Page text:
I wrote this a while ago but today I wanted to share it again because my Grandma Yetta was in my thoughts. (She always is. But most especially today.)
There is always a wooden bowl on the kitchen table, filled with bananas, apples, oranges, walnuts. There is a nut cracker in the bowl as well. I never see anyone use the nut cracker or eat a nut, we are not that kind of family. Grandma must have read somewhere that nuts and fruits go well together. Sometimes the bananas remain in the bowl too long and they get soft and stinky.
She smells like books borrowed from the small public library down the block, and inexpensive tablets of writing paper for making lists and writing letters to her sisters. The sisters live nearby in the Bronx, except Anna-from-Elizabeth who lives in Elizabeth, New Jersey. Helen is a five minute walk away and Pauline can be reached with a short bus ride. And also, there is the telephone. But the sisters enjoy writing letters and they all have the same handwriting. Yes, she smells faintly of ink. If I lick her, her skin will release a sweet glueyness left over from envelope flaps and postage stamps.
She has the softest skin. I can sit beside her and rub that tender flap between her thumb and pointer finger and never get tired of it, and she goes into a little trance herself and doesn't shoo me away. One time she catches me staring at the folds of skin hanging loosely from her upper arms and she gets shy and says "don't look" but then she says okay, I can touch, and it feels like warm buttery velvet.
If I am ever sitting on a chair with my legs spread far apart she will catch my eye and then I remember to put my knees together and cross my legs at the ankles and she doesn't have to say a word, I just know.
This is a story she likes to tell: Long ago there was a famous Russian stage actress who was being interviewed for a newspaper and the rude reporter said "Excuse me —— " (insert name of famous Russian actress here) "but do you know your mouth is open?" And the famous Russian actress said "Of course I do, I opened it." I don't understand why this is such a good story but every time she tells it she laughs long and hard.
She has a wonderful laugh.
Our favorite famous American actress is Loretta Young.
When I am reading My Antonia for tenth grade English class she goes to the library and checks out a copy for herself and we read it out loud to each other. She likes Willa Cather but mostly she prefers the writers from her early years: Dostoevsky, Gogol, Chekhov, Tolstoy. She recites long passages of Tolstoy in Russian, from memory, and it sounds like she is singing.
We go together to hear Odetta perform in a high school auditorium in another neighborhood where we don't know anybody. She loves the name Odetta, maybe it reminds her of Odessa, a word/place/memory from her past. At the end of every song she claps, and on the bus ride home she says she especially liked how Odetta's voice is low and deep, like a man's voice.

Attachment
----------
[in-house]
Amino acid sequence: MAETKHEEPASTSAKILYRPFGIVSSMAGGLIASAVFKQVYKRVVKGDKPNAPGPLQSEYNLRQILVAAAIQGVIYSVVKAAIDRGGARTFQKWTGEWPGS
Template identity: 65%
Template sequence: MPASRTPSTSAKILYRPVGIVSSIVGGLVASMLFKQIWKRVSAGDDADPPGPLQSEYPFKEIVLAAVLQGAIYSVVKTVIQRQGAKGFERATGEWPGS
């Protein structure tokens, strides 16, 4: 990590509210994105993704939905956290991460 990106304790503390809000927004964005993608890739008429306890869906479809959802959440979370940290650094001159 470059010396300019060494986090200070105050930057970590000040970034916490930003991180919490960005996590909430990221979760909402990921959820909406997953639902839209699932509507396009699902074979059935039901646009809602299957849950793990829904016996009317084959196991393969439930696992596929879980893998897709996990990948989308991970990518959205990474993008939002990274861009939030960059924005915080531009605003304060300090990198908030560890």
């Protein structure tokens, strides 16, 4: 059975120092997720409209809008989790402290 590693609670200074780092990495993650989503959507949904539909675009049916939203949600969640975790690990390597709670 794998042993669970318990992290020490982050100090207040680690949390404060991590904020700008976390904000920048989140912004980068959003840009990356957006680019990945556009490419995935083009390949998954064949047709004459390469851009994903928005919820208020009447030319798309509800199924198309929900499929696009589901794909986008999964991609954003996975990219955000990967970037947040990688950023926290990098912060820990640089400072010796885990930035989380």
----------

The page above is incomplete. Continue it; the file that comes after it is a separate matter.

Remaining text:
She has a deep voice and strangers on the telephone often call her Sir.
We go to see The Umbrellas of Cherbourg, and another time we see The Pawnbroker. We cry at the end of both movies. We always have at least one handkerchief within easy reach. We are always prepared.
She keeps two large boxes of tissues on the dressing table: a full, new one on top of an empty old one. After she uses a tissue she puts it into the bottom box, to keep everything sanitary, and I think this is a very smart thing to do.
She has a haphazard collection of silver hair clips but she does not call it a collection. Some are ordinary bobby pins and some are more complicated than that. She wants her hair to be "neat and manageable" which is something she heard on a television commercial. There is always a tube of Alberto Vo5 on her dressing table. In her later years she gets her hair cut by a barber because it's more convenient than going to a women's beauty parlor, but she doesn't like the style, it's too short, too blunt. "I don't want to fuss," she says, "a woman my age has no business being vain." (I know it bothers her a lot to get such bad haircuts.)
There is a sound, one sound, an important sound: it is the sound of Grandma in the kitchen, chopping. There is a wooden bowl, much like the fruit and nut bowl, but larger and heavier. She uses a sharp blade with a red handle to make gefilte fish, which doesn't taste very good and requires a lot of hard, noisy work with little reward. She is busy chopping, every Friday afternoon, because what is Friday night dinner without homemade gefilte fish on the table?
There is another sound, a softer sound, a more beautiful sound. It's the sound of Grandma humming, always humming, every minute humming. Her wordless songs, her never-ending prayer to God, though she never says the word God, not even God bless you if I sneeze. Gesundheit, she says, interrupting her humming and then, in the next breath, returning to it again.